Crocodile Lake National Wildlife Refuge

Crocodile Lake National Wildlife Refuge was established in
North Key Largo on April 2, 1980 to protect and preserve critical
habitat for the endangered American crocodile. The mangrove
wetlands of the refuge provide habitat, solitude, and the only
known nesting area on Key Largo for this shy reptile. Mangrove
forests fringing the shoreline also support a wide variety of
wildlife including wading birds and songbirds, as well as
serving as important nursery habitats for many fish species.

The refuge also protects a unique tropical hardwood hammock,
which supports a high diversity of plant species, 80% of which
are of West Indian origin. The refuge and the adjacent Key Largo
Hammock State Botanical Site contain the largest continuous
tract of hardwood forest remaining in the Florida Keys. Nearly
100 species of native trees and shrubs can be found in these
hammocks, more than found in some entire states! These
forests are home to several endangered and threatened
species including the Key Largo woodrat, Key Largo cotton
mouse, Schaus swallowtail butterfly, Eastern indigo snake and
Stock Island tree snail. Hardwood hammocks also provide
important seasonal habitat for migratory neotropical songbirds
and permanent homes to colorful tree snails and butterflies.

Due to the small size of the refuge and sensitivity of the habitat
and wildlife to human disturbance, the refuge is closed to
general public use. Access to the refuge for research and
organized educational groups is by Special Use Permit only. An
interpreted butterfly garden is open to public access next to the
refuge headquarters. The garden and office are located on
County Road 905 in Key Largo, approximately two miles north of
the US 1/C-905 intersection (Card Sound Road turnoff at mile
marker 106.3). The public can visit the self-guided nature trail
located at the Key Largo Hammocks State Botanical Site
adjacent to the refuge to see similar habitat and wildlife species.
Source - U.S. Fish
and Wildlife Service
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National Wildlife Refuges in the Florida Keys and Key West
Wildlife Management— Part Science and Part Art

Wildlife management is not a pure science though management uses the best scientific information available at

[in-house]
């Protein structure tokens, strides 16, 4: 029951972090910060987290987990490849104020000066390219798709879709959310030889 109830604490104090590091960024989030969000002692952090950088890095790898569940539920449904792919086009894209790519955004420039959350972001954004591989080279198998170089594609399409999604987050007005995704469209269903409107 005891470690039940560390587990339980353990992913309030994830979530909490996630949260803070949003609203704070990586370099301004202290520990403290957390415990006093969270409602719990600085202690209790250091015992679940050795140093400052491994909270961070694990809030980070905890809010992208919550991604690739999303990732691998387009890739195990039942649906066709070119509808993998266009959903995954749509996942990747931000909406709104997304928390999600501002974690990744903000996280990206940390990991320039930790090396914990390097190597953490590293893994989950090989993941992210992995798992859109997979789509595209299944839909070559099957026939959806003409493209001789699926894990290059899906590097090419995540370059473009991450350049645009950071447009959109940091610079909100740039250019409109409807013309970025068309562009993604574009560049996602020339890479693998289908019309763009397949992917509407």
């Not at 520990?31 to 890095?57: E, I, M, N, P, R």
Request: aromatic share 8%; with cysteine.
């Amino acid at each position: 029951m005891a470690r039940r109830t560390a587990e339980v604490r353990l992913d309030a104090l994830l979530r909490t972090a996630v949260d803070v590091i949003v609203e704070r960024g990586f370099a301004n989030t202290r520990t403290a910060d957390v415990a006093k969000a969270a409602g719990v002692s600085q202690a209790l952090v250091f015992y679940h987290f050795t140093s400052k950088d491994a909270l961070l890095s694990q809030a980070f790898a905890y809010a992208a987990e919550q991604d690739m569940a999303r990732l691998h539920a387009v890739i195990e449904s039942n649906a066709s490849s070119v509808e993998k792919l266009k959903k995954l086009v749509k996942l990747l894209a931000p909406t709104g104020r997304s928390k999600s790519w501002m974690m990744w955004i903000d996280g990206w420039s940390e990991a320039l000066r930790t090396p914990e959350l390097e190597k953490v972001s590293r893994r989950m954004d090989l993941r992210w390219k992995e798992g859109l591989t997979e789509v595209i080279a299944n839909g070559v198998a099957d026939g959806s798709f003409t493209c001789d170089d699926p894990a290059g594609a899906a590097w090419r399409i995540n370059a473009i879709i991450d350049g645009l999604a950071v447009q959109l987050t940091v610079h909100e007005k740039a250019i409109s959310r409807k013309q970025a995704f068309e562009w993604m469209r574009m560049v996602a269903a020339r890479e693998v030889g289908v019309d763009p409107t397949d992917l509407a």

that time. Usually, the results are what is expected, however; not always. Some techniques in wildlife
management are still experimental. However, learning comes from experimentation and changes are made for
the better. Also, a proven wildlife management technique used in one area of the country may not work in another
area of the country, The first rule in wildlife management is, if it isn’t broken, don’t fix it. Human interaction quite
often changes the balance of nature. Long before humans began manipulating the habitat in the Keys, habitat
and wildlife evolved adapting to the forces of nature—wildfires and floods for example. Humans have interrupted
these natural occurrences by suppressing wildfires to provide a more comfortable life. To correct this on the
refuges of the Florida Keys, management techniques such as controlled prescribed burns are used to mimic
natural wildfires. A side benefit to this controlled burn is a reduction in forest fuels making a wildfire a lesser
threat to adjacent homes. Another management technique is to educate boaters about how to minimize
disrupting wildlife. Where public opinion favors stronger action or when the need for stronger action is apparent,
some public use activities may be restricted if they disrupt wildlife. Where restriction is not enough, then the
activity may be banned. For example, public opinion generated the banning of personal watercraft from Key West
and Great White Heron National Wildlife Refuges.

Natural History of the Florida Keys       
It has taken 100,000 years for geological, environmental, and physical processes to set the stage for the current
natural environment of the Florida Keys. Specific physical conditions had to exist before this region’s biological
communities could become established and flourish into the unique plant and animal communities that
comprise this intricate anti dynamic ecosystem. During periods of warm climates, the present day Keys lay under
the surface of the ocean, flourishing at times as coral reefs. When the climate became cooler, polar ice caps
grew and the oceans receded to expose vast areas of the sea floor. Terrestrial plants and animals colonized
what was a sea bed.

The sea level remained low until about 15,000 years ago when the climate began to warm, releasing water held
in the ice caps and causing the sea to rise. About 4,000 years ago islands were created in this area and resulted
in what we call the Florida Keys.